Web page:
What is Climate Change?
Climate change has become one of the key global issues affecting all walks of life, in all regions of the planet. But what is climate change, and what are the main causes? Throughout this site we examine what climate change is, and the factors that have caused the global climate to shift over the past 200 years.
What Is Climate Change?Weather and climate shapes the physical make-up of the earth - and this shapes how and where humans live in the planet. It's normal for the climate to be in a perpetual cycle of change. Changes in the atmosphere naturally occur, creating new weather systems and climates, which develop over time, from the ice age to sub-Saharan climates.
So whilst climate change as a concept is unsurprising when taking into consideration the history of the planet, the modern phrase of 'climate change' refers to something quite different - namely human intervention creating accelerated changes to the planet's climate.
Human activity over the past 200 years - in particular the burning of fossil fuels - has changed the make-up of the earth's atmosphere at a much faster pace than would naturally occur. This is one of the greatest concerns facing the world over the next 200 years.
The Greenhouse EffectClosely linked to the concept of climate is the greenhouse effect, the name given to the phenomenon of man made 'greenhouse gases' creating an imbalance in the atmosphere. Greenhouse gases are naturally occurring gases that inadvertently manage the temperature of the earth by absorbing heat from the sun. The greater the concentration of greenhouse gases within the atmosphere, the hotter the temperature gets, in the same way a greenhouse heats up inside.
Since the Industrial Revolution, the level of CO2 - one of the principle greenhouse gases - in the atmosphere has increased by 30%, caused by the burning of fossil fuels, which give off a cocktail of gases including CO2. The rate of burning fossil fuels has closely correlated with a gradual increase in global temperatures. Even a tiny increase in overall temperatures can have a massive effect on the climate.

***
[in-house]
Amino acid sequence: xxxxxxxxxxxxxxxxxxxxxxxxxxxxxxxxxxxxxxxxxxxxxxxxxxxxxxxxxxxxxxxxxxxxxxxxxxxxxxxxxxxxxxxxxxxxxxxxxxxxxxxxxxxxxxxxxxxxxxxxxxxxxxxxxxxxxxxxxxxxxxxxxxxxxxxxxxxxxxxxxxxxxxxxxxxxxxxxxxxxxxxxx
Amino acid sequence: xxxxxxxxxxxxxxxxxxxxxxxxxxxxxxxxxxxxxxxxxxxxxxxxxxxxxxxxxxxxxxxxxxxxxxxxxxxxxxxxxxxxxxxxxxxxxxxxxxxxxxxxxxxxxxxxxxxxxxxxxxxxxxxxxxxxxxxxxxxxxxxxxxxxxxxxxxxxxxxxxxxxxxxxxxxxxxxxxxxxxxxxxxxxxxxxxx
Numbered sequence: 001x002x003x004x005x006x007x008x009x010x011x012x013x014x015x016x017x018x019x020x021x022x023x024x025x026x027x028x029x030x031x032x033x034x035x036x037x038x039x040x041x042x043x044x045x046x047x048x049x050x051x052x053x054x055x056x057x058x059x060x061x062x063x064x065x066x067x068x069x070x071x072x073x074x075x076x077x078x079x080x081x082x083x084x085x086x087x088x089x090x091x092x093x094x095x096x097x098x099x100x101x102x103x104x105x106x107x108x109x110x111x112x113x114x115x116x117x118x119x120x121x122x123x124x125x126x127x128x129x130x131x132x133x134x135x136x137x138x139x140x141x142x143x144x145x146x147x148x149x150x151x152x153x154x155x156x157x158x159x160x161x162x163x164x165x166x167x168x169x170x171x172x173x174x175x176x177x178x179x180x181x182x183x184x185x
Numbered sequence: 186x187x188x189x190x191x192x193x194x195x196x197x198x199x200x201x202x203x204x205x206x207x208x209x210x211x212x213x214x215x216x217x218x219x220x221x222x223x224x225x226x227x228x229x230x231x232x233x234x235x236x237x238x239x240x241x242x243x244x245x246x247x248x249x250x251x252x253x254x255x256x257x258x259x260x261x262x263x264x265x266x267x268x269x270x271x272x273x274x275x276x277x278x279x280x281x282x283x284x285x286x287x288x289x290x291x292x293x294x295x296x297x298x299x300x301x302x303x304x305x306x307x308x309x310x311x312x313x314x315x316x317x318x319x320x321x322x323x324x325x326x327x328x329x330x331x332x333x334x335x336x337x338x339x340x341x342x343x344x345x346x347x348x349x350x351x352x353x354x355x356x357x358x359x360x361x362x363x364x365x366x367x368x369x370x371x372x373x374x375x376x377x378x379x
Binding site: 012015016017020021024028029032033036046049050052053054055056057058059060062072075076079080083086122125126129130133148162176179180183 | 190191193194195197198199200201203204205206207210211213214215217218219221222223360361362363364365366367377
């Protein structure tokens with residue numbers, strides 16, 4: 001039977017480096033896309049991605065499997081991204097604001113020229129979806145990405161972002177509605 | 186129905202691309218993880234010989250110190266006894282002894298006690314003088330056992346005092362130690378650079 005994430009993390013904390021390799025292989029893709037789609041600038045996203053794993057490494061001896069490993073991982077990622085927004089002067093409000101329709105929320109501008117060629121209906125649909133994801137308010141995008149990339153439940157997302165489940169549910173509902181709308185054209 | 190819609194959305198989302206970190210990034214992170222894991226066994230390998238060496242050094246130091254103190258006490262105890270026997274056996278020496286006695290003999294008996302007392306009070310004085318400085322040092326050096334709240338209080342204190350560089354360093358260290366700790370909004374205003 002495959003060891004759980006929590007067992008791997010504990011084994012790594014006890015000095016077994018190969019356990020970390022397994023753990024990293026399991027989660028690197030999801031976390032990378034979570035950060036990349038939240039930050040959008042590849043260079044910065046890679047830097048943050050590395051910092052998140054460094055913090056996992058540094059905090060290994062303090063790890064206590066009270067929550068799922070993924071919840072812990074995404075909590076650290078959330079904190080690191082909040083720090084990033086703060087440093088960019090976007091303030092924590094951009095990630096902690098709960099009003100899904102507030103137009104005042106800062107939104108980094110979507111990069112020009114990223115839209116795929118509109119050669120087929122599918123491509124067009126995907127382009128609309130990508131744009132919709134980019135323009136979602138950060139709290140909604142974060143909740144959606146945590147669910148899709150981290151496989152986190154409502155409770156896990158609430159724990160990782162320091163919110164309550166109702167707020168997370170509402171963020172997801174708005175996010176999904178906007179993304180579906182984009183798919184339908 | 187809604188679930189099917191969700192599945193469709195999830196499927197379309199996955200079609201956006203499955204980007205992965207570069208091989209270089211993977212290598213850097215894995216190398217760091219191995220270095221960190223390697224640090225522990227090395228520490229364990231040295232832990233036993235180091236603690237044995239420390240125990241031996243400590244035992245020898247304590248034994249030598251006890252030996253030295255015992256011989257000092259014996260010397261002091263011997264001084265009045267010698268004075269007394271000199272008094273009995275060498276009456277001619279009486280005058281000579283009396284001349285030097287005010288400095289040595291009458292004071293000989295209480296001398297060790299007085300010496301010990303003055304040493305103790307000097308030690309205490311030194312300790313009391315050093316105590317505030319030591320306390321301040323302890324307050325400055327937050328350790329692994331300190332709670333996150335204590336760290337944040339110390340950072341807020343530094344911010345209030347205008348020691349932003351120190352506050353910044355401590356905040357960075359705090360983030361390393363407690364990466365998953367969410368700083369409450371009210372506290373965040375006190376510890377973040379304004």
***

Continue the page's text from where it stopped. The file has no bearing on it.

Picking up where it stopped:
DeforestationThe effect of having more greenhouse gases in the atmosphere is worsened by the mass deforestation and tree felling, particularly in the rainforests, that has accompanied industrialisation. According to the UN, increased pressure for land and fuel means that 60 acres of tropical forest are felled every minute, and the detrimental impact this has on the planet's climate is twofold.
Not only do trees naturally absorb CO2, reducing the amount that would otherwise reach the atmosphere, but the burning of trees, which creates CO2 and other greenhouse gases, accounts for around 20% of all man-made emissions, second only to the burning of fossil fuels.
Living With Climate ChangeThe effects of climate change are already being felt in many areas of the world. A rise in temperature in the Polar Region is causing widespread melting of the ice caps, deserts are expanding through previously fertile lands, interior waterholes are drying up, and sea levels are rising. Closer to home, the UK has experienced some of the hottest years since records began, along with more extreme weather conditions including flooding and storms.
Scientists agree that much of the damage created by the human actions of the past 200 years is irreparable - so the future of the planet going forward is uncertain. However, by adopting positive changes to our lifestyles that reduce greenhouse gas emissions, the future effects of climate change can be combated.